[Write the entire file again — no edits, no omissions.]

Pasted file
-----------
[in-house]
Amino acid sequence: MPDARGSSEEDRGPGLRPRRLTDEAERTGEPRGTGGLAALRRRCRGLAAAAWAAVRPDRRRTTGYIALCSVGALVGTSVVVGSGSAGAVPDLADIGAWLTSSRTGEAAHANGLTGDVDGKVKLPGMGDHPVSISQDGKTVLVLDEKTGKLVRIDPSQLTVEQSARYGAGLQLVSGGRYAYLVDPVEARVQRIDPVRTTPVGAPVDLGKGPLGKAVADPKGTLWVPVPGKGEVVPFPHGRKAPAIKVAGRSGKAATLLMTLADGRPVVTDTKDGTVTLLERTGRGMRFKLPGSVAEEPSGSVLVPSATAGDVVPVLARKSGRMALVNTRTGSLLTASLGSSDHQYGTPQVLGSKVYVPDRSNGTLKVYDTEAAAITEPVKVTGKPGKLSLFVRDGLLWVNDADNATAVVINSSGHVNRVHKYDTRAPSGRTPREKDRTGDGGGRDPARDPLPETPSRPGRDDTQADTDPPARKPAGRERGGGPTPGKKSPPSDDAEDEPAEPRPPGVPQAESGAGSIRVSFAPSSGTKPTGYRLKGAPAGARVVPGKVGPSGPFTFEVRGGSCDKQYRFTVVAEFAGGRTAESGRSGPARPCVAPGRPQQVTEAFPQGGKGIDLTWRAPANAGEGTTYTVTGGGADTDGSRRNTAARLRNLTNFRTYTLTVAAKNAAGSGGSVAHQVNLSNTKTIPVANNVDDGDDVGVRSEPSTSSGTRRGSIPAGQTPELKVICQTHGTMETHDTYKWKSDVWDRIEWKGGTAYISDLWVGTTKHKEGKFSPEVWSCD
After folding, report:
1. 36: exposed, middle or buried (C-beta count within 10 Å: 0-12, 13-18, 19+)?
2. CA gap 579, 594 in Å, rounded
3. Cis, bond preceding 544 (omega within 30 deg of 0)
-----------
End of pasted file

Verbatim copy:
[in-house]
Amino acid sequence: MPDARGSSEEDRGPGLRPRRLTDEAERTGEPRGTGGLAALRRRCRGLAAAAWAAVRPDRRRTTGYIALCSVGALVGTSVVVGSGSAGAVPDLADIGAWLTSSRTGEAAHANGLTGDVDGKVKLPGMGDHPVSISQDGKTVLVLDEKTGKLVRIDPSQLTVEQSARYGAGLQLVSGGRYAYLVDPVEARVQRIDPVRTTPVGAPVDLGKGPLGKAVADPKGTLWVPVPGKGEVVPFPHGRKAPAIKVAGRSGKAATLLMTLADGRPVVTDTKDGTVTLLERTGRGMRFKLPGSVAEEPSGSVLVPSATAGDVVPVLARKSGRMALVNTRTGSLLTASLGSSDHQYGTPQVLGSKVYVPDRSNGTLKVYDTEAAAITEPVKVTGKPGKLSLFVRDGLLWVNDADNATAVVINSSGHVNRVHKYDTRAPSGRTPREKDRTGDGGGRDPARDPLPETPSRPGRDDTQADTDPPARKPAGRERGGGPTPGKKSPPSDDAEDEPAEPRPPGVPQAESGAGSIRVSFAPSSGTKPTGYRLKGAPAGARVVPGKVGPSGPFTFEVRGGSCDKQYRFTVVAEFAGGRTAESGRSGPARPCVAPGRPQQVTEAFPQGGKGIDLTWRAPANAGEGTTYTVTGGGADTDGSRRNTAARLRNLTNFRTYTLTVAAKNAAGSGGSVAHQVNLSNTKTIPVANNVDDGDDVGVRSEPSTSSGTRRGSIPAGQTPELKVICQTHGTMETHDTYKWKSDVWDRIEWKGGTAYISDLWVGTTKHKEGKFSPEVWSCD
After folding, report:
1. 36: exposed, middle or buried (C-beta count within 10 Å: 0-12, 13-18, 19+)?
2. CA gap 579, 594 in Å, rounded
3. Cis, bond preceding 544 (omega within 30 deg of 0)